From the September 01, 2011 issue of Futures Magazine • Subscribe!

US debt downgraded

Did S&P fail?

When Standard & Poor’s downgraded the United States’ long-term debt after markets closed on Friday, Aug. 5 to AA+ from AAA, it set off a maelstrom in the markets and from pundits. Markets opened on Monday with investors jumping out of equity positions and into the safest vehicle they could find, which was ironically long-term U.S. debt.

While the move into U.S. debt seemed counter-intuitive, Keith Springer, president of Springer Financial Advisors, says the downgrade wasn’t based on U.S. creditworthiness. "[The downgrade] signifies the end of a growth phase for the country that has lasted for decades," he says. "It [moves politicians to action] because now they have to become austere and more budget-oriented. That means less spending overall and less spending means less profit growth in the country."

Jack Broz, founder of TradeBondFutures.com, says bond traders at CME Group largely discounted the downgrade, focused more on the state of the economy and questioned the messenger. "Everyone knew the economy was in trouble and we had too much debt. The guys on the floor said, ‘S&P is the same group that said Enron was fine until the last day when it collapsed. It’s the same group that said mortgage bundles (of subprime loans) were AAA-rated.’ The trading floor said there’s no integrity in S&P," he says.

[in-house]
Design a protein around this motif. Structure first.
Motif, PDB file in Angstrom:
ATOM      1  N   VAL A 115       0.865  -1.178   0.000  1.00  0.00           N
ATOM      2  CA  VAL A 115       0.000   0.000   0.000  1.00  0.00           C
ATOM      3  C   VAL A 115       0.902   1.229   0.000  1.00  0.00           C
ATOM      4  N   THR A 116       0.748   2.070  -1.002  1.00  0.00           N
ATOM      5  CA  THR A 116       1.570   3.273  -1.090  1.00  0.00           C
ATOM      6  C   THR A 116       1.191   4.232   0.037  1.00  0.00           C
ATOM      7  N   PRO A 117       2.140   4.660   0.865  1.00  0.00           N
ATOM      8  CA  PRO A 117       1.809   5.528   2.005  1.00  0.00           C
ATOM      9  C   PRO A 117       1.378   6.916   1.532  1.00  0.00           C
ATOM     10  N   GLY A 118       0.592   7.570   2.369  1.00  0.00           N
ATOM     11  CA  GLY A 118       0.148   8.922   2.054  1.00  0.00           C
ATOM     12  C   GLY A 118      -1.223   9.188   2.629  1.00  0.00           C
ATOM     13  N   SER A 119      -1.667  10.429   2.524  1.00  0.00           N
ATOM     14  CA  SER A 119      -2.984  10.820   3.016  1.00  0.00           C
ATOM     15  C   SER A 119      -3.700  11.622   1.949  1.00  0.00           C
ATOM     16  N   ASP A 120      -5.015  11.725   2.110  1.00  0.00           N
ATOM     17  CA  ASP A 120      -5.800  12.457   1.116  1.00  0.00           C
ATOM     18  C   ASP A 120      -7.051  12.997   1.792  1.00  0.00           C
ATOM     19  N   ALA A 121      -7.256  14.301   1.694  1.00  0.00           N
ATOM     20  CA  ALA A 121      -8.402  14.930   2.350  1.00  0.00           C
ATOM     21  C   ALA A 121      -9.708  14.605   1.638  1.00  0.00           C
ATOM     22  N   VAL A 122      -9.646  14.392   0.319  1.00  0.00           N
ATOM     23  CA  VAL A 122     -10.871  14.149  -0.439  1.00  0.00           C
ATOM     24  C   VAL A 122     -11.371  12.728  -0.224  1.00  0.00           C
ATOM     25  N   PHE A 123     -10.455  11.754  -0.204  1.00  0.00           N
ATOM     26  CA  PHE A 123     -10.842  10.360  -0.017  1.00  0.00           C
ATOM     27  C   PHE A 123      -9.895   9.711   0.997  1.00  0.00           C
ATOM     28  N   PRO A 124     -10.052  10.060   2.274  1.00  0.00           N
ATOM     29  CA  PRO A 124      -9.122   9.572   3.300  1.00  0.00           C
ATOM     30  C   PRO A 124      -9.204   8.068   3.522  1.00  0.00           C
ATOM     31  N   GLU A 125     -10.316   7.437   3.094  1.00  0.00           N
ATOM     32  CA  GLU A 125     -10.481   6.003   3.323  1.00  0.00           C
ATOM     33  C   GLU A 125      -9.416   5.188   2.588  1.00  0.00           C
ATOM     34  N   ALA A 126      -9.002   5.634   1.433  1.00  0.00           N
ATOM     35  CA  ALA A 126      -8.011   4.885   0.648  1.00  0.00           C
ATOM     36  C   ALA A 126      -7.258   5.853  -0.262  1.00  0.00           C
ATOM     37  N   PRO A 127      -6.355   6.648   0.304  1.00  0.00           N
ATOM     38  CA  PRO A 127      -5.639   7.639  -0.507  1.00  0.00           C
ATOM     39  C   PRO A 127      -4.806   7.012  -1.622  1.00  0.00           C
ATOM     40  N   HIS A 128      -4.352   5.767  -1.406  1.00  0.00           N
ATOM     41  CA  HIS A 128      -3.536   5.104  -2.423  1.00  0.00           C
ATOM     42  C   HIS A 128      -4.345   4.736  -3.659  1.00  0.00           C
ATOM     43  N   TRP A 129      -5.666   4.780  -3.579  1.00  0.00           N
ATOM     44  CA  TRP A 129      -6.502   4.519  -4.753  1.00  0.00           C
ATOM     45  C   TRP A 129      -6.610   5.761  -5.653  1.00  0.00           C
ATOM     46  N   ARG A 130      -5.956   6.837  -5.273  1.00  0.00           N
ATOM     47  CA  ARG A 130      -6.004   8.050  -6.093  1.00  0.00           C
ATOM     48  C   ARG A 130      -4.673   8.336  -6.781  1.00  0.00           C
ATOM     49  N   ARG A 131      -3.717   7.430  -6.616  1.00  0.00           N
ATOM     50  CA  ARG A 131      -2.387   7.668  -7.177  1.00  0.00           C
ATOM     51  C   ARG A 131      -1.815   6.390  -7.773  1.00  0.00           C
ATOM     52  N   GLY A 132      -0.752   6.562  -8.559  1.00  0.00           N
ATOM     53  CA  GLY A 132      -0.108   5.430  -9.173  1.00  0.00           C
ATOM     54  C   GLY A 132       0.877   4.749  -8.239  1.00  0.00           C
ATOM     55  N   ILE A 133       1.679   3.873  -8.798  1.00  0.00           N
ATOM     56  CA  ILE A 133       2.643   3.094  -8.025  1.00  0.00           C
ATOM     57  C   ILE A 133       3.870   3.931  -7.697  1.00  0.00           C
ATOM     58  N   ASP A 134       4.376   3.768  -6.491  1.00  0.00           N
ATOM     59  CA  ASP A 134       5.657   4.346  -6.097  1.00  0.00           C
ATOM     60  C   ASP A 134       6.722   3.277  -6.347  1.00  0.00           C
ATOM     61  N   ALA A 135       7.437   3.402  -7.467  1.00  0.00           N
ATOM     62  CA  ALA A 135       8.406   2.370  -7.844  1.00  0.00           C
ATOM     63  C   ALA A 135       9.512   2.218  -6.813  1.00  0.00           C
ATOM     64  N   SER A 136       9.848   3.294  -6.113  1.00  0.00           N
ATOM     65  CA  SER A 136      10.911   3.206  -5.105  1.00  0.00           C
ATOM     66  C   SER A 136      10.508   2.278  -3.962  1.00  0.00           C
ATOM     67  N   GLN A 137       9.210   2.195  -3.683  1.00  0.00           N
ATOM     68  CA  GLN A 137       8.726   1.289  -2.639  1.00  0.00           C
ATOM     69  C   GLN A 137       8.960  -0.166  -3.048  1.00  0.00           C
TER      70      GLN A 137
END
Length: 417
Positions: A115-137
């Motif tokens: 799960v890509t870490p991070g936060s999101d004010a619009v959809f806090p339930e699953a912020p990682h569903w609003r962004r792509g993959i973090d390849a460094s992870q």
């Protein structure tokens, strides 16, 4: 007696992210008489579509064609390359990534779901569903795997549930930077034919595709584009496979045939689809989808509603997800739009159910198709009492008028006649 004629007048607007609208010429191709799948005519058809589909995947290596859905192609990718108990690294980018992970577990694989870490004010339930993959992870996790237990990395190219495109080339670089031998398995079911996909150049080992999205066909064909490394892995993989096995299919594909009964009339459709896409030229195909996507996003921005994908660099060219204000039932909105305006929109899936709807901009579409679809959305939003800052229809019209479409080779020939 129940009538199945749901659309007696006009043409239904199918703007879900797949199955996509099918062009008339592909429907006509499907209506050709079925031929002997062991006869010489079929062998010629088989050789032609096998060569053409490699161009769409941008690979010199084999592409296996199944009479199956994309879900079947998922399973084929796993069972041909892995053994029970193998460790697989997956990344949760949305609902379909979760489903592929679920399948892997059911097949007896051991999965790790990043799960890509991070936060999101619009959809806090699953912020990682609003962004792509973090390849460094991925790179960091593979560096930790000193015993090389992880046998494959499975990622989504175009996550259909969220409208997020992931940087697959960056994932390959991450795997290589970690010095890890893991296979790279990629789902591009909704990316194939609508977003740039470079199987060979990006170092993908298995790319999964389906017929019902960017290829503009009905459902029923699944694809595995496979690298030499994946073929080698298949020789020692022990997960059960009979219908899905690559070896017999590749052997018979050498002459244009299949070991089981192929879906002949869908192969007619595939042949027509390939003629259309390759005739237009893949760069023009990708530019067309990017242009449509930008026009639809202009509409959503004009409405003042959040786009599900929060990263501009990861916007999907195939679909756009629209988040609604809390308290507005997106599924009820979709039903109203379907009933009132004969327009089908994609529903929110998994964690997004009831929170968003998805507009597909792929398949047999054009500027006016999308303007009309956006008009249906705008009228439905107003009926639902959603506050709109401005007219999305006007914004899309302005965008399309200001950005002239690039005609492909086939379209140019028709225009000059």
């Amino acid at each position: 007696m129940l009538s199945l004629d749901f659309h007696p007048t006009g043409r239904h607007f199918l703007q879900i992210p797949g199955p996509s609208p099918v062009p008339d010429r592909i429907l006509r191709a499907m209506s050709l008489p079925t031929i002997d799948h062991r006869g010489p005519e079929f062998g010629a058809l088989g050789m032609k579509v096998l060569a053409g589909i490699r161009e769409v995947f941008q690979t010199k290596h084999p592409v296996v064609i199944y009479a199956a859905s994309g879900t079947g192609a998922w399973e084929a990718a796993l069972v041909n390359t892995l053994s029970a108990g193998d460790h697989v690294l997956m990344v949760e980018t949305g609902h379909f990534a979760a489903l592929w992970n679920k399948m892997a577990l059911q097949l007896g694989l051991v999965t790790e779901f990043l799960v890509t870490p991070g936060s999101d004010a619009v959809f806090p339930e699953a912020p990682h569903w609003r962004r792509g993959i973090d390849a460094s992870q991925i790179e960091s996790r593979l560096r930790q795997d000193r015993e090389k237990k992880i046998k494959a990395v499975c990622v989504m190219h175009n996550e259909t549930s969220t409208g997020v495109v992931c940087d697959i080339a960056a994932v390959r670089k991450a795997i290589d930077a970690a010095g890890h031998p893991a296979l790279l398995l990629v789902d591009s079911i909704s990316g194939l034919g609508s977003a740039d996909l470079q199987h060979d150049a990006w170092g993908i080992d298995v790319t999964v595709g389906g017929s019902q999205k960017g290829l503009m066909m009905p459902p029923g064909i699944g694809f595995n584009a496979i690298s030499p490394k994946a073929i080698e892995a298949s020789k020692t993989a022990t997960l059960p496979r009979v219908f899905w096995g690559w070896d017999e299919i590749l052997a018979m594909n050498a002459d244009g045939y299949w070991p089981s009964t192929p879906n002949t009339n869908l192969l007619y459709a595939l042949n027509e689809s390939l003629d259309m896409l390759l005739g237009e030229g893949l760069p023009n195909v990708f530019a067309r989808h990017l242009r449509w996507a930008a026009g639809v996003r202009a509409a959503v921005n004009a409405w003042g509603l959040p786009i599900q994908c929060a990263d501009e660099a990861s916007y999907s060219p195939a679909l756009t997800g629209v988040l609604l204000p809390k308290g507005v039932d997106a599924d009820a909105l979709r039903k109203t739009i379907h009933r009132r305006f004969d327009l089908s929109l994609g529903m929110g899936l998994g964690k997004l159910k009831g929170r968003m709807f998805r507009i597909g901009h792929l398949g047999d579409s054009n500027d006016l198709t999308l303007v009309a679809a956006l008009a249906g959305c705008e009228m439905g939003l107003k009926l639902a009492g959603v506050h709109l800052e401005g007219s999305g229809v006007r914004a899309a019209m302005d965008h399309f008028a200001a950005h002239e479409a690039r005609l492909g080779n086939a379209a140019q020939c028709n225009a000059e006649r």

Following the U.S. downgrade, S&P also downgraded The Options Clearing Corp., The Depository Trust Co., National Securities Clearing Corp., and Fixed Income Clearing Corp. to AA+ because of their exposure to U.S. debt.

The markets responded by buying U.S. Treasuries, setting an all time high in 10-year note futures, and selling equity indexes with S&P 500 futures hitting a 12-month low.

Recent economic weakness along with the steep drop in equities led to speculation the Federal Reserve would launch a third round of quantitative easing following its August meeting. Instead it pledged to keep Fed Fund rates near zero at least until June 2013.

"It’s not a question of credit worthiness; it’s a question of growth potential in the economy and the markets. That’s why bonds and Treasuries are going up and equities are going down," Springer says.

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